Thinesh Kumar started his first business at the age of 21.
In order to grow his company Raxxon Diagnostics, which imported medical devices and sold them to local clinics and hospitals in Malaysia, Kumar participated in tenders to acquire new customers. But he soon realised that the whole process was quite non-transparent and the winners of tenders were ‘fixed’.
“One day, my brother Lakshman Das, who was my business partner then, asked me to think about developing a platform, on which vendors could simply list their products for potential buyers. A fair, transparent and merit-based way of purchasing, which would provide vendors an equal opportunity to sell their products. This is how Lapasar was born,” Kumar tells e27.
Saving time and cost
Lapasar was founded in 2016 by Kumar (CEO), along with Das (COO) and Dannis Raj (Chief Process Officer) — both previous employees of Raxxon. Headquartered in Kuala Lumpur, this online B2B platform allows companies to purchase supplies for their businesses via a system that acts very much like a ‘add-to-cart and checkout’ service used in B2C marketplaces. According to the founders, Lapasar helps corporates save time and cost, and makes it easy for them to buy in bulk.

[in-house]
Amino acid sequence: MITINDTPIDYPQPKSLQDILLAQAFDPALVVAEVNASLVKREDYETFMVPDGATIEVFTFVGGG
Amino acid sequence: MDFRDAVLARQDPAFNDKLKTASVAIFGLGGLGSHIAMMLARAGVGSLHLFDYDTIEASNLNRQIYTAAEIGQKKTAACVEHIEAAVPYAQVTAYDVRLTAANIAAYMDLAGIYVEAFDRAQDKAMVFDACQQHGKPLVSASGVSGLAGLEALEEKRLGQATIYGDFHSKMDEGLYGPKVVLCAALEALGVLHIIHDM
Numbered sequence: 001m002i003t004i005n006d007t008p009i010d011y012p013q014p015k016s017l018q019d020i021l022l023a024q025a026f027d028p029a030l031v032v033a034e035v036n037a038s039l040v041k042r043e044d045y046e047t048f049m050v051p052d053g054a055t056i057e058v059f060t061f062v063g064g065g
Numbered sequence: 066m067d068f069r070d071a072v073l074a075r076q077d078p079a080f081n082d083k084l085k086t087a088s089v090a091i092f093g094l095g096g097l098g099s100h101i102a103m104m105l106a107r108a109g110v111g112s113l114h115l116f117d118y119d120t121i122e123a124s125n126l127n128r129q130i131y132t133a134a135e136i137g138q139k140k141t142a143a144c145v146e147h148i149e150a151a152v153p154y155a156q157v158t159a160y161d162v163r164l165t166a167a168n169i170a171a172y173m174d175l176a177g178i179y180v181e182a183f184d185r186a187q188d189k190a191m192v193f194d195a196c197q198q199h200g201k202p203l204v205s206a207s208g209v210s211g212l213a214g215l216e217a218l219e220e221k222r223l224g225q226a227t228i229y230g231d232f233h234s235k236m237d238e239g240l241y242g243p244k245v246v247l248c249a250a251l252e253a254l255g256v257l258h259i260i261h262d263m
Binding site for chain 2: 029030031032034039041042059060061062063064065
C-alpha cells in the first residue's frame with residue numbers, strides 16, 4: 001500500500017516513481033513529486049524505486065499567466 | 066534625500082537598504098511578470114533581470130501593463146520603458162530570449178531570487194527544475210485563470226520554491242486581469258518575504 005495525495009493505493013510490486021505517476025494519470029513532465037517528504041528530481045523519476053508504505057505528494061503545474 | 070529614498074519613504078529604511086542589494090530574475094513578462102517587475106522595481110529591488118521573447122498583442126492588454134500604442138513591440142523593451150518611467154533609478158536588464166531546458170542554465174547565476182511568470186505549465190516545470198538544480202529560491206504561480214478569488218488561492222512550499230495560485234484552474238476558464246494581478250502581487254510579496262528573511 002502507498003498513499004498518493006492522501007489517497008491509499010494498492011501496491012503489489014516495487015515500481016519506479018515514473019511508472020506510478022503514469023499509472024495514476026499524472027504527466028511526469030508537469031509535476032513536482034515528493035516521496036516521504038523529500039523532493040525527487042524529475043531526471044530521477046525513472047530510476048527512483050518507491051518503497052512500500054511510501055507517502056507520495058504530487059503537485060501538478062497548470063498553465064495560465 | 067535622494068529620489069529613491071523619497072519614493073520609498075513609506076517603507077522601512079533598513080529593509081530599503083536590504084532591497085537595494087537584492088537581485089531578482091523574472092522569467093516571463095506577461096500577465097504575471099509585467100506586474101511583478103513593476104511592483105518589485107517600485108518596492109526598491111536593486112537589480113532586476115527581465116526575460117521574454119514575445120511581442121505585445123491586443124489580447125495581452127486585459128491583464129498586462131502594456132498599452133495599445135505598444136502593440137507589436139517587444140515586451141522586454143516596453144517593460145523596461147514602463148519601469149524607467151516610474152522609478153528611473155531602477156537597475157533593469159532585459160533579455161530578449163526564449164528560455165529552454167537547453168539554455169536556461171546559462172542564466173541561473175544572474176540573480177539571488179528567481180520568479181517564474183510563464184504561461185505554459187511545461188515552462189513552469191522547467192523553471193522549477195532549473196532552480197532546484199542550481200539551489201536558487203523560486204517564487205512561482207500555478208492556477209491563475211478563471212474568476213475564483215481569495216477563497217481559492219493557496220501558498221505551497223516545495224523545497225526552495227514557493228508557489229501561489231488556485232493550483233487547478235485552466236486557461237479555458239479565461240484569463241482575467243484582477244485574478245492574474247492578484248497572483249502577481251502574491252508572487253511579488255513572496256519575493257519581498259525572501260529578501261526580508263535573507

“We are a corporate B2B marketplace integrated with a powerful workflow feature targeting SMEs to large organisations to help streamline the purchasing process creating immense administrative and purchasing savings,” claims Kumar. “Besides having the marketplace in place, we also have request-for-quotation management, vendor management, reports, document management system, e-bidding and benchmarking.”
Kumar observes that there has been immense progress in the B2C e-commerce space over the past 10 years in Asia, and we are all used to purchasing on sites like Lazada and Shopee, making payments online, and getting items delivered to our doorsteps within days or even hours.
“But corporates don’t work that way. They still purchase and procure items manually. It is quite complicated and is nowhere near the simplicity of the consumer marketplaces. At Lapasar, we are bringing the e-commerce-like experience into corporate procurement,” explains Kumar.
The beginning was tough, and the product that the founders had in mind didn’t match the requirements of clients, admits Chief Process Officer Raj.
“Our very first version was based on lots of assumptions, and our experience from the B2C segment. So after a few months, we improvised the initial plans and followed what the market told us. We interviewed 20-plus corporates in various industries and built our first real minimum viable product around that. That was during 2017. Because of this early experience, I have since thrown most assumptions out of the window, and instead always speak to our clients. That’s how the product was developed and expanded in the last two years,” says Raj.